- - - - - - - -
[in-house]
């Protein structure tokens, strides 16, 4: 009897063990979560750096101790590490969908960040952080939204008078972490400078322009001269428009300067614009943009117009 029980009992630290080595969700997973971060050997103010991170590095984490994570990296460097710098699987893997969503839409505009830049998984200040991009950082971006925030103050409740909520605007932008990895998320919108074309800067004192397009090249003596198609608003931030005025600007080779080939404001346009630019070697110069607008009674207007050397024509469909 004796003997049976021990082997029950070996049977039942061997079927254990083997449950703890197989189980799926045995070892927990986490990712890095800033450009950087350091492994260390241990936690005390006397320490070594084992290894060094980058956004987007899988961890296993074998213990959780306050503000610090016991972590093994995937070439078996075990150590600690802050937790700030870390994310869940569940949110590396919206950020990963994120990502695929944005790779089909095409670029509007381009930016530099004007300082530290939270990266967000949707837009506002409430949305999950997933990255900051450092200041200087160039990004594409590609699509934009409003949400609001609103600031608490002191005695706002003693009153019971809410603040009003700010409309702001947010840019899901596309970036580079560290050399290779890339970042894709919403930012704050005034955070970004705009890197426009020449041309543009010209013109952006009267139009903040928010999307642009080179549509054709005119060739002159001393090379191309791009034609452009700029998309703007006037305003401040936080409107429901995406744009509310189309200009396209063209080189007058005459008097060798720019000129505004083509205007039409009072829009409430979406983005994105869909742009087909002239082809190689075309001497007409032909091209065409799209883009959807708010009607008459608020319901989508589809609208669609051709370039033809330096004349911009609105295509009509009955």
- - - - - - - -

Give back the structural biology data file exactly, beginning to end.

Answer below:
[in-house]
């Protein structure tokens, strides 16, 4: 009897063990979560750096101790590490969908960040952080939204008078972490400078322009001269428009300067614009943009117009 029980009992630290080595969700997973971060050997103010991170590095984490994570990296460097710098699987893997969503839409505009830049998984200040991009950082971006925030103050409740909520605007932008990895998320919108074309800067004192397009090249003596198609608003931030005025600007080779080939404001346009630019070697110069607008009674207007050397024509469909 004796003997049976021990082997029950070996049977039942061997079927254990083997449950703890197989189980799926045995070892927990986490990712890095800033450009950087350091492994260390241990936690005390006397320490070594084992290894060094980058956004987007899988961890296993074998213990959780306050503000610090016991972590093994995937070439078996075990150590600690802050937790700030870390994310869940569940949110590396919206950020990963994120990502695929944005790779089909095409670029509007381009930016530099004007300082530290939270990266967000949707837009506002409430949305999950997933990255900051450092200041200087160039990004594409590609699509934009409003949400609001609103600031608490002191005695706002003693009153019971809410603040009003700010409309702001947010840019899901596309970036580079560290050399290779890339970042894709919403930012704050005034955070970004705009890197426009020449041309543009010209013109952006009267139009903040928010999307642009080179549509054709005119060739002159001393090379191309791009034609452009700029998309703007006037305003401040936080409107429901995406744009509310189309200009396209063209080189007058005459008097060798720019000129505004083509205007039409009072829009409430979406983005994105869909742009087909002239082809190689075309001497007409032909091209065409799209883009959807708010009607008459608020319901989508589809609208669609051709370039033809330096004349911009609105295509009509009955």